Iranians took to the streets for the tenth night in a row to protest the death of Mahsa Amini, despite a warning from the judiciary.
Officially, at least 41 people have been killed since the unrest began, mostly protesters but including members of the security forces, but sources say the real number is higher.
Norway’s Iran Human Rights Organization (IHR) put the death toll at at least 57 on Sunday night, but noted that continued internet outages made it difficult to confirm deaths in a context where women-led protests have spread to dozens of cities.
Images distributed by IHR showed protesters on the streets of Tehran chanting “death to the dictator”, allegedly after Sunday night.
Echoing the president’s warning the previous day, Ebrahim Raisi, the head of the judiciary, Gholamhossein Mohseni Ejei, on Sunday “stressed the need for decisive action without leniency” against the main instigators of the “disorder”, according to the justice website Mizan Online.
Hundreds of protesters, reformist activists and journalists have been arrested amid mostly nighttime demonstrations since unrest first erupted following the death of 22-year-old Amini in police custody on September 16. Amini was detained by the morale police for not wearing the hijab properly.
Iran’s biggest protests in nearly three years have seen security forces open fire, while protesters have thrown stones, torched police cars and torched government buildings.
Some protestors took off and burned their hijabs at rallies and cut their hair, some danced next to large bonfires to the applause of crowds chanting “zan, zendegi, azadi” or “woman, life, freedom.”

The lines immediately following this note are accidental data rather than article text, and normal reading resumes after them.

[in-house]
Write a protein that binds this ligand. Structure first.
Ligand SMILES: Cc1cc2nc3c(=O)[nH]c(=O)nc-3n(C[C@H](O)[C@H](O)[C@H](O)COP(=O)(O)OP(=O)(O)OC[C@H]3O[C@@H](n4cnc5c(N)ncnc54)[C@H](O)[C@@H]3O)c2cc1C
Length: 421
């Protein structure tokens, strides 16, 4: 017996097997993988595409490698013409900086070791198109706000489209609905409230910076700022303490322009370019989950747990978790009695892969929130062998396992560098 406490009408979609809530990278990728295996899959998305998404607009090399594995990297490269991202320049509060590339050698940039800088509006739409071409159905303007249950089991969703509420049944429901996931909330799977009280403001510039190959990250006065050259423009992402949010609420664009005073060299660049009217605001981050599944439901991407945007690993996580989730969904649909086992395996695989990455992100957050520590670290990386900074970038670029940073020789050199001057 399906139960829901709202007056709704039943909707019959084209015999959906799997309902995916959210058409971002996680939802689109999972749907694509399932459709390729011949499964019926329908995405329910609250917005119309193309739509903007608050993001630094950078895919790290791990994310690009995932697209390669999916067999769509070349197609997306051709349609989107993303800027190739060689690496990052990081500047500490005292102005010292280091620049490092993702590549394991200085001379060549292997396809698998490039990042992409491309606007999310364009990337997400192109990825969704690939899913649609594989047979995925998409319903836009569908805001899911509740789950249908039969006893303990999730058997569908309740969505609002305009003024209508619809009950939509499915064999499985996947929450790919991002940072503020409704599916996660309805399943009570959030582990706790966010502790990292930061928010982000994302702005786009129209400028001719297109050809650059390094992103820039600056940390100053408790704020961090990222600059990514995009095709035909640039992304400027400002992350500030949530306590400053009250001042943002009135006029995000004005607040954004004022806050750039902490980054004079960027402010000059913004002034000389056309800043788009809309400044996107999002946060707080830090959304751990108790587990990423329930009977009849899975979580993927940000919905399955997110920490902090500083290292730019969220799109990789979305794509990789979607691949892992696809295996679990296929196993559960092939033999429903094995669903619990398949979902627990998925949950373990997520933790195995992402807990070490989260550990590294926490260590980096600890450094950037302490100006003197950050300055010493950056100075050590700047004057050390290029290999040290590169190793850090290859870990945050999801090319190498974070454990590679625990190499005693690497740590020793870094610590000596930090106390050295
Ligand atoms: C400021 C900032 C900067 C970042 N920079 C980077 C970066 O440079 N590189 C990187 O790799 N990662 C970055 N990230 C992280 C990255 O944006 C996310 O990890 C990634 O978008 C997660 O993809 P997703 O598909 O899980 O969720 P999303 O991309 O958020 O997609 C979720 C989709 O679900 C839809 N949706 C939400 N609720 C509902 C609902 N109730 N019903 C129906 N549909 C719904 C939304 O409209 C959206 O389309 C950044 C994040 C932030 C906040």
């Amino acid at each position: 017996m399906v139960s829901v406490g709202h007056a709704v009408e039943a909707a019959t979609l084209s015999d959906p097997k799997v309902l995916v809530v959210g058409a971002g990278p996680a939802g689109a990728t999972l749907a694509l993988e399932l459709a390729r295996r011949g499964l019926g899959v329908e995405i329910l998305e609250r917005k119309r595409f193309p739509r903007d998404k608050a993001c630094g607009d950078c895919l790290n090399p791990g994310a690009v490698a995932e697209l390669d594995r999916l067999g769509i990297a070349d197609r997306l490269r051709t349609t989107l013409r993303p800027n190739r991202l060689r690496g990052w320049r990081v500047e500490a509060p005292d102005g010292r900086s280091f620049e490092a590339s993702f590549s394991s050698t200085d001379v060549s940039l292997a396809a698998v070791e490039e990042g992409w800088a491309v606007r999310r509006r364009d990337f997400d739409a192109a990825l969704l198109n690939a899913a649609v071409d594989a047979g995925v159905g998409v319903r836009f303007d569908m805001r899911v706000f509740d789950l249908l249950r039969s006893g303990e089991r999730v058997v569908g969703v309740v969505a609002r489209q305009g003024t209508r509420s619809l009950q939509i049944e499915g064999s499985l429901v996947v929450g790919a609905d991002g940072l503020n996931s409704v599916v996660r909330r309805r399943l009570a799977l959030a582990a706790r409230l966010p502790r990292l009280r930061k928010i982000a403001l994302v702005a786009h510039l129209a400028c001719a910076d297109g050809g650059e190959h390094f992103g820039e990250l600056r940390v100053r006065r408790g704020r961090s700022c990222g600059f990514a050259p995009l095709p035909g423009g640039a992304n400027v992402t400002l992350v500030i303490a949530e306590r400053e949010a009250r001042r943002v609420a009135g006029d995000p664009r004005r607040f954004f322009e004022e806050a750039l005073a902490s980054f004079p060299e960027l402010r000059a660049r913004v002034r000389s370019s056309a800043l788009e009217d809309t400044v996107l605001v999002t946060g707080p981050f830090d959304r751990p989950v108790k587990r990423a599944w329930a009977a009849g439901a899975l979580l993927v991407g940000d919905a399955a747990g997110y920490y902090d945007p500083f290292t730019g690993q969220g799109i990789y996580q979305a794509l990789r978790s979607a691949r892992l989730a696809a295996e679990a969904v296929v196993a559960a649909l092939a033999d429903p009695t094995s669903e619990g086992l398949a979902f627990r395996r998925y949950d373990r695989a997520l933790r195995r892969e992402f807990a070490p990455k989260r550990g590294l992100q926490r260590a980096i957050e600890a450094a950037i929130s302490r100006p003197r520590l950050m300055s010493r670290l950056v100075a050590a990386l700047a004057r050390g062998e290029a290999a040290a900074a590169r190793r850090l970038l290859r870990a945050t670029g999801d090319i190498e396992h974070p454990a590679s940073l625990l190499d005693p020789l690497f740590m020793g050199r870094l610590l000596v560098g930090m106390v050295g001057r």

Web monitor NetBlocks noted “persistent shutdowns” and “widespread internet platform restrictions”, with WhatsApp, Instagram and Skype already blocked. This follows earlier bans on Facebook, Twitter, TikTok and Telegram.
Speaking on behalf of the European Union, its High Representative for Foreign Affairs and Security Policy, Josep Borrell, said the “widespread and disproportionate use of force against non-violent protesters is unjustified and unacceptable.” He condemned the restrictions on the Internet as “a clear violation of freedom of expression.”
Iran summoned the British and Norwegian ambassadors over what it said were interference and hostile media coverage, while Foreign Minister Hossein Amirabdollahian also criticized US support for “rioters”.
On Sunday, US national security adviser Jake Sullivan said the US had taken “tangible steps” to sanction morale police.
The UK has been blamed for the “hostile character” of London’s Farsi media. The UK Foreign Office said it stood up for media freedom and condemned Iran’s “crackdown on protesters, journalists and internet freedom”.
Norway’s envoy was called to explain the “interventionist stance” of its parliament speaker, Tehran-born Massoud Gharahkhani, who has expressed support for the protesters.
“If my parents had not decided to flee in 1987, I would have been one of those fighting in the streets with my life on the line,” Gharahkhani tweeted on Sunday.
Pro-government rallies were also held on Sunday, with the main event taking place in central Tehran.
But one of the main teachers’ unions on Sunday called on teachers and students to start a national strike on Monday and Wednesday.
Protests abroad were held in solidarity with Iranian women in Athens, Berlin, Brussels, Istanbul, Madrid, New York and Paris, among other cities.
Iranian Oscar-winning director Asghar Farhadi called on activists and artists around the world to support the protesters, who he said were “demanding simple yet basic rights that the state has denied them for years.”
“I deeply respect their fight for freedom and the right to choose their destiny despite all the brutality they are exposed to,” Farhadi said in an Instagram post.
With Agence France Presse and Reuters